Alejandro Soriano: An Architectural Visualist
Alejandro Soriano is a one-of-a-kind Architectural Visualist. After learning SketchUp from a friend in Valencia, Spain over ten years ago, he is now an accomplished 3D modeling expert with a traditional yet modern style.
Alejandro, can you tell us what it means to be an Architectural Visualist?
In the same way that not everyone fully understands a legal text, not everybody can understand blueprints or plans. One of my tasks as an architectural visualizer is to explain how a building is going to be through pictures and/or videos. There are a lot of ways to communicate how a project works: through illustrations, drawings, cardboard models, etc. The main objective is for any viewer to get an accurate idea of how a project is going to look.
I try to convey to the viewer this unbuilt project creating 3D models with SketchUp. Sometimes I also render these models using a rendering software, and on others I use Photoshop to create matte paintings.
The final renders for these illustrations are made with SketchUp and V-Ray and post-produced with Photoshop. The first image is of the ancient city of Athens in 430 BC. The city of Knossos in 1700 BC is also shown. Find more of Alejandro’s work in National Geographic Arqueologia.
What is it about communicating a project through SketchUp that you find satisfying?
I studied Architecture at the Polytechnic University of Valencia (UPV), Spain. In my first years of college, I learned about SketchUp from a classmate. When I realized the speed of modeling and its simplicity of learning, I instantly loved it. Sometimes it was tough and frustrating, but each time I learned a new feature (the multiple copies or the triple click), it was like enlightenment that made me want to learn more and more. I remember I really enjoyed learning the basics, it was fun but challenging.
After some time using SketchUp you can understand how it works and you can follow its logic. And trust me, it's really satisfying when SketchUp acts as you expect; that way you can avoid problems.
The ease you can configure a graphic style is really helpful. You don't always need final art; maybe you just need a quick picture to convey an idea or a shape, and that’s where SketchUp fits my needs. It's quite common to waste a lot of time rendering while the shapes of a project are neglected.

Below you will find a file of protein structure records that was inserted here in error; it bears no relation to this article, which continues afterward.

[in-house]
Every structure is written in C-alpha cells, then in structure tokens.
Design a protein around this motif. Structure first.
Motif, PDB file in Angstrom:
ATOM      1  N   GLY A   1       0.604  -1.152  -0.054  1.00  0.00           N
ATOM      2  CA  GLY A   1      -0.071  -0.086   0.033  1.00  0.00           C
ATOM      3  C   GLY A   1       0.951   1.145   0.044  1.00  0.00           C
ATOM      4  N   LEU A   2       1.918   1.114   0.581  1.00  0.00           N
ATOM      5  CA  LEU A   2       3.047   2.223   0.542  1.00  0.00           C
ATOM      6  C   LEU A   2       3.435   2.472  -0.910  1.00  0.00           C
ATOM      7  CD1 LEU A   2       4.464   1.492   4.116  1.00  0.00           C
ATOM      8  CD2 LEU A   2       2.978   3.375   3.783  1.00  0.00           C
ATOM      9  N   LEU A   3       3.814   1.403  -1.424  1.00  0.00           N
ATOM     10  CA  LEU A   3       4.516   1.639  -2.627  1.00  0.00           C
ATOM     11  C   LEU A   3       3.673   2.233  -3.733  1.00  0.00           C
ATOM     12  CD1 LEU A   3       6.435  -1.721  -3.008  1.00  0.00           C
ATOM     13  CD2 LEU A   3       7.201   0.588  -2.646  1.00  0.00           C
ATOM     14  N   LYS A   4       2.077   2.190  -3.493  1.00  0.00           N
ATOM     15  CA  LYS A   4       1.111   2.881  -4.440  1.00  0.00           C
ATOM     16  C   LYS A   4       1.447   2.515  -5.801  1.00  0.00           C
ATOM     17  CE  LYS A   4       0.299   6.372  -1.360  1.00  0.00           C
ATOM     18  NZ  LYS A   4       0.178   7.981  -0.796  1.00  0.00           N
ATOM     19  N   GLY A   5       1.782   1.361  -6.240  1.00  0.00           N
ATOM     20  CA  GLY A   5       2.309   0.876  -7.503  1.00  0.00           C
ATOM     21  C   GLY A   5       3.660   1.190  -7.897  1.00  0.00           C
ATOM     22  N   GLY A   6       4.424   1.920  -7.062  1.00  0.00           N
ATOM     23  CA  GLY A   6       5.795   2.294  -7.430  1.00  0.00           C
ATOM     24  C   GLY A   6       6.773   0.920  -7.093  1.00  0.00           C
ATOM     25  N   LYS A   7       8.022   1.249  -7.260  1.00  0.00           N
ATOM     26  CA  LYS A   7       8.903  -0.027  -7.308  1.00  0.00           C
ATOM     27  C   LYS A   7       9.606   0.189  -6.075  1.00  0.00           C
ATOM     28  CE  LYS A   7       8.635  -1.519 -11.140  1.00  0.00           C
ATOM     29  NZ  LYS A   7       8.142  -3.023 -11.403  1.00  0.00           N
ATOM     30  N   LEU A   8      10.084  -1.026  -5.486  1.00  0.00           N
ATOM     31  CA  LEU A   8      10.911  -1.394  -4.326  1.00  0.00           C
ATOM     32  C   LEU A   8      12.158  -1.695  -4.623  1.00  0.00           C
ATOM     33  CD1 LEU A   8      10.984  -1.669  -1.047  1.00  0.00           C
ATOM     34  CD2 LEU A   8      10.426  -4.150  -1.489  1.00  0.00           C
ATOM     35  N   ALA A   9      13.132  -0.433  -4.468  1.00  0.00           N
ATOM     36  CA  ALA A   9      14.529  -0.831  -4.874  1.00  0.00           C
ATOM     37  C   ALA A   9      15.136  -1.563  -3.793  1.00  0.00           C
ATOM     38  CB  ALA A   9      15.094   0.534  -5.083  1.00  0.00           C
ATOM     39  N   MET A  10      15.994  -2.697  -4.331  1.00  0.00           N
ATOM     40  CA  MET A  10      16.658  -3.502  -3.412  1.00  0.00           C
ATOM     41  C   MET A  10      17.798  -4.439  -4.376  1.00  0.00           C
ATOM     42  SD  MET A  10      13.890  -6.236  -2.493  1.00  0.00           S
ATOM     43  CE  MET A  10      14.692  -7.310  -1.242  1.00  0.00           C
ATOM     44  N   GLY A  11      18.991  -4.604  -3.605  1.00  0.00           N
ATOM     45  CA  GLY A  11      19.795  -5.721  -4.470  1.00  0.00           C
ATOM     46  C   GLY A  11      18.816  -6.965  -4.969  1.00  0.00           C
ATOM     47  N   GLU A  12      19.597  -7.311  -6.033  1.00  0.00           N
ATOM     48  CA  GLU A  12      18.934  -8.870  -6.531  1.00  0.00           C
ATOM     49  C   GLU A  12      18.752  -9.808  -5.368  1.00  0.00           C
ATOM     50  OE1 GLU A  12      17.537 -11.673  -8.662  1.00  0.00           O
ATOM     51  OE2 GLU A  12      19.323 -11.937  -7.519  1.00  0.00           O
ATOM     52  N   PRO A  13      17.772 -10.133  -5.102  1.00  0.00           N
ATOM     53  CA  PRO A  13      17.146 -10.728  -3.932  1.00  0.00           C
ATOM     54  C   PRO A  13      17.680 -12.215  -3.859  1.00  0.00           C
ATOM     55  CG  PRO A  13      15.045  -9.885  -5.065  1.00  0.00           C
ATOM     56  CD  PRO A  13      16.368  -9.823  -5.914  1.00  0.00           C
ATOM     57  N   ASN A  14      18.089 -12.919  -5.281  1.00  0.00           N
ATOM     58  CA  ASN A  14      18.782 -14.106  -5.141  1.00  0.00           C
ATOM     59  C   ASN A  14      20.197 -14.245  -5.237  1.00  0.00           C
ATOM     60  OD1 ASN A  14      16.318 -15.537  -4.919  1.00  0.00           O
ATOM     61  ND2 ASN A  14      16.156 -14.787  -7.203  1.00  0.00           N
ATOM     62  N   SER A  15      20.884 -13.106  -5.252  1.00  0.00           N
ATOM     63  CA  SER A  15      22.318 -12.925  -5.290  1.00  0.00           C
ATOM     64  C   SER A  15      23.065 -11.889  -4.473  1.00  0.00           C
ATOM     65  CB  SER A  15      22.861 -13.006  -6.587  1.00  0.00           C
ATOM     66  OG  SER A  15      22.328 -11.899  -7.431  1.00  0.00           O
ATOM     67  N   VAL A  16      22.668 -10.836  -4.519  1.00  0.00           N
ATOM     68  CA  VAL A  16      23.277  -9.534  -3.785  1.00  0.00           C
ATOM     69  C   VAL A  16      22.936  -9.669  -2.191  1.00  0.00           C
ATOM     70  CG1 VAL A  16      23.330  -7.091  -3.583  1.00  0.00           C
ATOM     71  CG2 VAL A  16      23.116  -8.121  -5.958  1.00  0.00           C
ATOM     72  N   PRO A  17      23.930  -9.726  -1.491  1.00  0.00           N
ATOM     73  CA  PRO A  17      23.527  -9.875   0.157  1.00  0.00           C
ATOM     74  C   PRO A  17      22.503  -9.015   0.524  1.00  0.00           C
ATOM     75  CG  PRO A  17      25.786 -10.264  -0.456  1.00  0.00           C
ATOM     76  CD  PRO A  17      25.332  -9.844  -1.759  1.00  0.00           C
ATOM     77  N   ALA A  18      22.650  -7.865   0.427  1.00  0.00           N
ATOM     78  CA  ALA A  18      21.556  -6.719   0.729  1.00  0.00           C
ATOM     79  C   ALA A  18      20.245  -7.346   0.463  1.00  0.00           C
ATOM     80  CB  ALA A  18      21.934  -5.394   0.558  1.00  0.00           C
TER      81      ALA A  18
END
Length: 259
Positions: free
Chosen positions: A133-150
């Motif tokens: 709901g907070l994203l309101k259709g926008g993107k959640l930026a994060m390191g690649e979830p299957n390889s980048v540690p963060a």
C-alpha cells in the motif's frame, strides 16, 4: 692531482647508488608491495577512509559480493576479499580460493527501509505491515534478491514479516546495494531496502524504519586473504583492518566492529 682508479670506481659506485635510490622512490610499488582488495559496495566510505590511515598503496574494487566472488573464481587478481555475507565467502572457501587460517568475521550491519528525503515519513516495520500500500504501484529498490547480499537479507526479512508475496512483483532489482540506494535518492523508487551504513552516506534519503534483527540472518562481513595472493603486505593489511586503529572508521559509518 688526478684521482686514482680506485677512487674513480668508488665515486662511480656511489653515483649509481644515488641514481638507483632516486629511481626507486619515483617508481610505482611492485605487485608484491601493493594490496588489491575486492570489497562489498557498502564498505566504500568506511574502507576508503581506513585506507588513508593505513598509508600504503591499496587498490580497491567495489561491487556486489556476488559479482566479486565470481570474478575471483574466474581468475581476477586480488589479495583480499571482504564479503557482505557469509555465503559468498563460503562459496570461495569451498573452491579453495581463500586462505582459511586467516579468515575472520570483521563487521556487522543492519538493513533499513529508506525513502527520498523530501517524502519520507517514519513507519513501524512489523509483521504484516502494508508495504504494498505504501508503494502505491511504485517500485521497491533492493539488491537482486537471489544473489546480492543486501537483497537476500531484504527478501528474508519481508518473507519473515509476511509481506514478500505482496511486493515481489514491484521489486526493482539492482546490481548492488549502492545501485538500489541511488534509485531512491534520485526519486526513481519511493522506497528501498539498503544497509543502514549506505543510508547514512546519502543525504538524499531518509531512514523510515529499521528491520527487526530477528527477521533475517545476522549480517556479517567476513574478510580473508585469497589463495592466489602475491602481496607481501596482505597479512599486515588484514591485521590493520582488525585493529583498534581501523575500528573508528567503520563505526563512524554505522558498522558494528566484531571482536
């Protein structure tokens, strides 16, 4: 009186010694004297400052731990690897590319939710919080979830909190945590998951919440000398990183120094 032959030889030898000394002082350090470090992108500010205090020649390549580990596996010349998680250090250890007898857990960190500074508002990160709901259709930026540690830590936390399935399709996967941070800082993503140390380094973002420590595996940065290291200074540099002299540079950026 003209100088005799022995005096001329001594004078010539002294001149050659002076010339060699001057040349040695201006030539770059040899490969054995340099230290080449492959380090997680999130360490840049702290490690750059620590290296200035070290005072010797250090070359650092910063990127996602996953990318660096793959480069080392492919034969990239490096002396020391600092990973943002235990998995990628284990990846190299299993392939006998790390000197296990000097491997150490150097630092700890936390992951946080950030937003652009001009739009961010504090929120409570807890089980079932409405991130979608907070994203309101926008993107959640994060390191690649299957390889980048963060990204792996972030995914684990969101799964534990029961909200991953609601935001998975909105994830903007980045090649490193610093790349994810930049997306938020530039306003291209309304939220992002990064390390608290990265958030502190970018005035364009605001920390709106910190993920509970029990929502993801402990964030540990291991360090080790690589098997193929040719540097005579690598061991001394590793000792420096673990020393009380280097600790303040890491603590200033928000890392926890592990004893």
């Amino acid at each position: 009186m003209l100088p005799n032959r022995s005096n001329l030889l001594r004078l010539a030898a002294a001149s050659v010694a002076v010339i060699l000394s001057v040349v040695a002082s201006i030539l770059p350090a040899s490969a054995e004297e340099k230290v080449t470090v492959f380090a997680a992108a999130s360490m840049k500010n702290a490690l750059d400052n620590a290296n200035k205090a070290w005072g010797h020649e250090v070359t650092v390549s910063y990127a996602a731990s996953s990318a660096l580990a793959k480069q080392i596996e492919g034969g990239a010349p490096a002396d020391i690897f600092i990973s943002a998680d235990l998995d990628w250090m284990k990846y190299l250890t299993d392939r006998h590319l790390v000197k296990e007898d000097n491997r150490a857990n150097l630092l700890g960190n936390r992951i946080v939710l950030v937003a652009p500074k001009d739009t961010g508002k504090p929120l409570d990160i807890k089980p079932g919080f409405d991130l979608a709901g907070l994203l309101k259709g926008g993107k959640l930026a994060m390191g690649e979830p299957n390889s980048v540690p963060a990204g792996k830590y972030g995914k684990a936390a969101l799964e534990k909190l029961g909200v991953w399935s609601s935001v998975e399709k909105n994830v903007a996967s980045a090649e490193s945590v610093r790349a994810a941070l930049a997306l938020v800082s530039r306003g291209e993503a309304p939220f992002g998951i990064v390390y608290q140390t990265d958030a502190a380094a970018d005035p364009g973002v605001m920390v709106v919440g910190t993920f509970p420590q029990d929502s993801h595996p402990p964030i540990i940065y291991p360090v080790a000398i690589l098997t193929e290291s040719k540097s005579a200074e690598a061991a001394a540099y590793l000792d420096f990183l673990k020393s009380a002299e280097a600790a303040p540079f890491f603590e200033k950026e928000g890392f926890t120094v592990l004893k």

How would you describe your style and what influences it?
When I have to model something, I treat it like a piece with intrinsic value. It doesn't matter if I have to work with everyday objects, traditional furniture, or modern design. I try to find and show its beauty through meticulous modeling and minimalistic renders. We are surrounded by beautiful shapes, we just have to open our eyes.
Alejandro drew the tile patterns for this image in 2D using SketchUp. Then, he combined the three different tile patterns to produce a range of tile compositions and ultimately a seamless rendered image.
I still remember some works that deeply impressed me when I started to truly learn SketchUp. The first names coming to my mind are Justin Chin, Kito Raupp, and Arrigo Silva.
I've discovered there are a lot of great concept artists who use SketchUp. Nowadays I visit ArtStation daily. It's a nice place to watch design trends. I recommend checking it regularly to see what other people are doing and the way they're using the same software you use.
Much of your work centers on architecture, but you also gravitate towards popular media such as animation and concept art. What motivates these side projects?
If I have enough time, I usually try to test extensions, plugins, or new techniques with topics I'm not used to working with. The point is to force me to think about the model in a different way, and it usually provides me with a new perspective to face the modeling process. For example, modeling a cartoon alien attack taught me how to work with features from Vertex Tools I didn't know how to use before. Going outside my comfort zone is a nice way to get valuable teaching.